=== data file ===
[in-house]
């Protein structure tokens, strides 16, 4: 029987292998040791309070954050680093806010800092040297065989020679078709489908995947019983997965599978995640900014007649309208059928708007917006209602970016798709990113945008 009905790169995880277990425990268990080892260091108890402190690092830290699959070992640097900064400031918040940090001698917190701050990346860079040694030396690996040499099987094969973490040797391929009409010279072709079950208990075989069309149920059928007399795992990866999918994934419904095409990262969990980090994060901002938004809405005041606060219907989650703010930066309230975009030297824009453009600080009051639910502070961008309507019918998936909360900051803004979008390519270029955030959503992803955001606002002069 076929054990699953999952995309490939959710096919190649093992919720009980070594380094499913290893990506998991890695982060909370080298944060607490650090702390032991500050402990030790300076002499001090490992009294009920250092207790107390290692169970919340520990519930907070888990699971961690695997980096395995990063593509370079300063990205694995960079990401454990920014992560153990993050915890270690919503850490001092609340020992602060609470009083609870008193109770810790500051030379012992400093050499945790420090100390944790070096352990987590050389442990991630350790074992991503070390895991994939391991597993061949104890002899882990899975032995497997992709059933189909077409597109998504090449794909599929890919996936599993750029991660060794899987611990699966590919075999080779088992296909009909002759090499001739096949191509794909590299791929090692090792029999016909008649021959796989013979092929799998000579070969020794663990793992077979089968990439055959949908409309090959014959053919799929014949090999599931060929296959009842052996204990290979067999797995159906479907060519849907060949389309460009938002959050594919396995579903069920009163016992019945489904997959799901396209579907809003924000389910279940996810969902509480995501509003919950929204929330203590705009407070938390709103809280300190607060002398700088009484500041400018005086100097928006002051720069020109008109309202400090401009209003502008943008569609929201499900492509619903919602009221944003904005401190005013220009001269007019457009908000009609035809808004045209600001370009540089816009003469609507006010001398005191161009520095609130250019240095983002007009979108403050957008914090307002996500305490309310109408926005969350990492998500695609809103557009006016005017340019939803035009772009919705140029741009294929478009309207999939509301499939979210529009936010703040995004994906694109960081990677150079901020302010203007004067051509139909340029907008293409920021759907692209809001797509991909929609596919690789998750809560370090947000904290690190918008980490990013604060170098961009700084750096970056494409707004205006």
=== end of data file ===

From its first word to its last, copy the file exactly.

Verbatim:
[in-house]
């Protein structure tokens, strides 16, 4: 029987292998040791309070954050680093806010800092040297065989020679078709489908995947019983997965599978995640900014007649309208059928708007917006209602970016798709990113945008 009905790169995880277990425990268990080892260091108890402190690092830290699959070992640097900064400031918040940090001698917190701050990346860079040694030396690996040499099987094969973490040797391929009409010279072709079950208990075989069309149920059928007399795992990866999918994934419904095409990262969990980090994060901002938004809405005041606060219907989650703010930066309230975009030297824009453009600080009051639910502070961008309507019918998936909360900051803004979008390519270029955030959503992803955001606002002069 076929054990699953999952995309490939959710096919190649093992919720009980070594380094499913290893990506998991890695982060909370080298944060607490650090702390032991500050402990030790300076002499001090490992009294009920250092207790107390290692169970919340520990519930907070888990699971961690695997980096395995990063593509370079300063990205694995960079990401454990920014992560153990993050915890270690919503850490001092609340020992602060609470009083609870008193109770810790500051030379012992400093050499945790420090100390944790070096352990987590050389442990991630350790074992991503070390895991994939391991597993061949104890002899882990899975032995497997992709059933189909077409597109998504090449794909599929890919996936599993750029991660060794899987611990699966590919075999080779088992296909009909002759090499001739096949191509794909590299791929090692090792029999016909008649021959796989013979092929799998000579070969020794663990793992077979089968990439055959949908409309090959014959053919799929014949090999599931060929296959009842052996204990290979067999797995159906479907060519849907060949389309460009938002959050594919396995579903069920009163016992019945489904997959799901396209579907809003924000389910279940996810969902509480995501509003919950929204929330203590705009407070938390709103809280300190607060002398700088009484500041400018005086100097928006002051720069020109008109309202400090401009209003502008943008569609929201499900492509619903919602009221944003904005401190005013220009001269007019457009908000009609035809808004045209600001370009540089816009003469609507006010001398005191161009520095609130250019240095983002007009979108403050957008914090307002996500305490309310109408926005969350990492998500695609809103557009006016005017340019939803035009772009919705140029741009294929478009309207999939509301499939979210529009936010703040995004994906694109960081990677150079901020302010203007004067051509139909340029907008293409920021759907692209809001797509991909929609596919690789998750809560370090947000904290690190918008980490990013604060170098961009700084750096970056494409707004205006």